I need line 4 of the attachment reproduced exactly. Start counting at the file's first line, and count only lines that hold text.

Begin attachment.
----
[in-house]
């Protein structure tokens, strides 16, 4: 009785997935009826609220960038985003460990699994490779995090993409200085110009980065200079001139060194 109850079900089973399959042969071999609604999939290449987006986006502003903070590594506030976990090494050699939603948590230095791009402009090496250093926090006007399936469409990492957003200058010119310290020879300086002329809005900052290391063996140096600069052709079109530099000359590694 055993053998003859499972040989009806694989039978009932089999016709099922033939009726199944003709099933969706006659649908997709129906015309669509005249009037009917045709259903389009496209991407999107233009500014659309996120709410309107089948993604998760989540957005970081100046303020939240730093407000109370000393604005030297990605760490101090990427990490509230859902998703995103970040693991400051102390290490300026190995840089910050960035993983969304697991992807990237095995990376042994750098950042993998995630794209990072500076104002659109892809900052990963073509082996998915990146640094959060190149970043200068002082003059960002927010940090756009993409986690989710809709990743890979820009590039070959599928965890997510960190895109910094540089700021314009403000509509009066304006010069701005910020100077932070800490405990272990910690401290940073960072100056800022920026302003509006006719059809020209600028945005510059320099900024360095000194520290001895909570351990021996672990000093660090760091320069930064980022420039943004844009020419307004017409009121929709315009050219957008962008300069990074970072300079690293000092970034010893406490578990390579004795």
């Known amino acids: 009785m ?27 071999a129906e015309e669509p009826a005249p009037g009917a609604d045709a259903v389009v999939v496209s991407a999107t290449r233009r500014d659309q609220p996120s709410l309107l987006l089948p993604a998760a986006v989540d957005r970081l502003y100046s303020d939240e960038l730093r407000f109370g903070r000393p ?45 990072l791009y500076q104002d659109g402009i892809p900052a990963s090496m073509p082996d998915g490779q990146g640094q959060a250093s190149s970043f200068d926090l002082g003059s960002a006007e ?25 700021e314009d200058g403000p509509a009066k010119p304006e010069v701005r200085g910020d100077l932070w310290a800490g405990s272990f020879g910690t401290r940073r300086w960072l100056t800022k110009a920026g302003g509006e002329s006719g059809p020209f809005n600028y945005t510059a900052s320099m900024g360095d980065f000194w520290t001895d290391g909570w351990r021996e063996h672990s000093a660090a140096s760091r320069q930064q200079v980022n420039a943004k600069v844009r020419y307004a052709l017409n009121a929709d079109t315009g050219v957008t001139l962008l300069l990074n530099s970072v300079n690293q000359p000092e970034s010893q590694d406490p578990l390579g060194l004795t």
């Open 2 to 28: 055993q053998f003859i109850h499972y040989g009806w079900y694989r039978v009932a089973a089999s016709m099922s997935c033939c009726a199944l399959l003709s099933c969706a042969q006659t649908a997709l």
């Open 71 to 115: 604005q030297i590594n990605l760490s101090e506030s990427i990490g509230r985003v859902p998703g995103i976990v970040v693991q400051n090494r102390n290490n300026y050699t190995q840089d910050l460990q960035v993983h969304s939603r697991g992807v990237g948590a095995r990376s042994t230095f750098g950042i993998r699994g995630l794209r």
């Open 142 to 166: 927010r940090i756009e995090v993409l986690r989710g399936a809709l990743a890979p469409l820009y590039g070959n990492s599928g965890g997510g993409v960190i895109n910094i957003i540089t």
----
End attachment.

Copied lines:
């Open 2 to 28: 055993q053998f003859i109850h499972y040989g009806w079900y694989r039978v009932a089973a089999s016709m099922s997935c033939c009726a199944l399959l003709s099933c969706a042969q006659t649908a997709l």